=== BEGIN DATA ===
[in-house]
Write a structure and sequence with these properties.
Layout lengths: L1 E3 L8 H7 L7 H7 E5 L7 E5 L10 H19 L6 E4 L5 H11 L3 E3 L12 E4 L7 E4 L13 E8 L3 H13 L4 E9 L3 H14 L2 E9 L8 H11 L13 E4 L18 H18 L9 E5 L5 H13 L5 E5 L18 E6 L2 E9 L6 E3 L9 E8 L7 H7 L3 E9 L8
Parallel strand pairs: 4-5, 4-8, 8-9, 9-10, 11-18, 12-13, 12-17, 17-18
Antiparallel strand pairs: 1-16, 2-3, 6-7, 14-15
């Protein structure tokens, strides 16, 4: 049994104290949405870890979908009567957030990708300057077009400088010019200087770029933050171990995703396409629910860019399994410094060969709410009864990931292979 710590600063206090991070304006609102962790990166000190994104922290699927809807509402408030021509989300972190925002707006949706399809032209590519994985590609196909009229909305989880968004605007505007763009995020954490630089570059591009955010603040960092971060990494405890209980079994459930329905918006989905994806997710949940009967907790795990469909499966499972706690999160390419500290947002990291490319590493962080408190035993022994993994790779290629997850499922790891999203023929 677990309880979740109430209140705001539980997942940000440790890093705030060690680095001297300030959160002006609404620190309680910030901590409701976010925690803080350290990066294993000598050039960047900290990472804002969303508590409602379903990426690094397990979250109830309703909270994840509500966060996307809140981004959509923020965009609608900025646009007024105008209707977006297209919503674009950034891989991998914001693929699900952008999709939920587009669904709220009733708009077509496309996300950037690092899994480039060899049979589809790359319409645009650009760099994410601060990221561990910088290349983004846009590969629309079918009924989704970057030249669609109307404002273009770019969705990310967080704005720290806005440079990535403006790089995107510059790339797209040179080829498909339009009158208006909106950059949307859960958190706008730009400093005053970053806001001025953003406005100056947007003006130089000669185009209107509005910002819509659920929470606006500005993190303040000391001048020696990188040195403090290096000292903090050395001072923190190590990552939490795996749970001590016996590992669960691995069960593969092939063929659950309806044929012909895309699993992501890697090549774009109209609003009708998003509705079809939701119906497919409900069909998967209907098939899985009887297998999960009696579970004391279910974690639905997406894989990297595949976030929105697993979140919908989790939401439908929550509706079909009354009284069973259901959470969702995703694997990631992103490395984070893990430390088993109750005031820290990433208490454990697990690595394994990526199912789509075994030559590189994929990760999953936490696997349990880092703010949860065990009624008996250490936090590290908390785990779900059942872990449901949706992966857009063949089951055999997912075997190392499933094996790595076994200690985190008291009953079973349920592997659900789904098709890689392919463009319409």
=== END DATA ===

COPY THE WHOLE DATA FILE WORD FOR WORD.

[in-house]
Write a structure and sequence with these properties.
Layout lengths: L1 E3 L8 H7 L7 H7 E5 L7 E5 L10 H19 L6 E4 L5 H11 L3 E3 L12 E4 L7 E4 L13 E8 L3 H13 L4 E9 L3 H14 L2 E9 L8 H11 L13 E4 L18 H18 L9 E5 L5 H13 L5 E5 L18 E6 L2 E9 L6 E3 L9 E8 L7 H7 L3 E9 L8
Parallel strand pairs: 4-5, 4-8, 8-9, 9-10, 11-18, 12-13, 12-17, 17-18
Antiparallel strand pairs: 1-16, 2-3, 6-7, 14-15
């Protein structure tokens, strides 16, 4: 049994104290949405870890979908009567957030990708300057077009400088010019200087770029933050171990995703396409629910860019399994410094060969709410009864990931292979 710590600063206090991070304006609102962790990166000190994104922290699927809807509402408030021509989300972190925002707006949706399809032209590519994985590609196909009229909305989880968004605007505007763009995020954490630089570059591009955010603040960092971060990494405890209980079994459930329905918006989905994806997710949940009967907790795990469909499966499972706690999160390419500290947002990291490319590493962080408190035993022994993994790779290629997850499922790891999203023929 677990309880979740109430209140705001539980997942940000440790890093705030060690680095001297300030959160002006609404620190309680910030901590409701976010925690803080350290990066294993000598050039960047900290990472804002969303508590409602379903990426690094397990979250109830309703909270994840509500966060996307809140981004959509923020965009609608900025646009007024105008209707977006297209919503674009950034891989991998914001693929699900952008999709939920587009669904709220009733708009077509496309996300950037690092899994480039060899049979589809790359319409645009650009760099994410601060990221561990910088290349983004846009590969629309079918009924989704970057030249669609109307404002273009770019969705990310967080704005720290806005440079990535403006790089995107510059790339797209040179080829498909339009009158208006909106950059949307859960958190706008730009400093005053970053806001001025953003406005100056947007003006130089000669185009209107509005910002819509659920929470606006500005993190303040000391001048020696990188040195403090290096000292903090050395001072923190190590990552939490795996749970001590016996590992669960691995069960593969092939063929659950309806044929012909895309699993992501890697090549774009109209609003009708998003509705079809939701119906497919409900069909998967209907098939899985009887297998999960009696579970004391279910974690639905997406894989990297595949976030929105697993979140919908989790939401439908929550509706079909009354009284069973259901959470969702995703694997990631992103490395984070893990430390088993109750005031820290990433208490454990697990690595394994990526199912789509075994030559590189994929990760999953936490696997349990880092703010949860065990009624008996250490936090590290908390785990779900059942872990449901949706992966857009063949089951055999997912075997190392499933094996790595076994200690985190008291009953079973349920592997659900789904098709890689392919463009319409």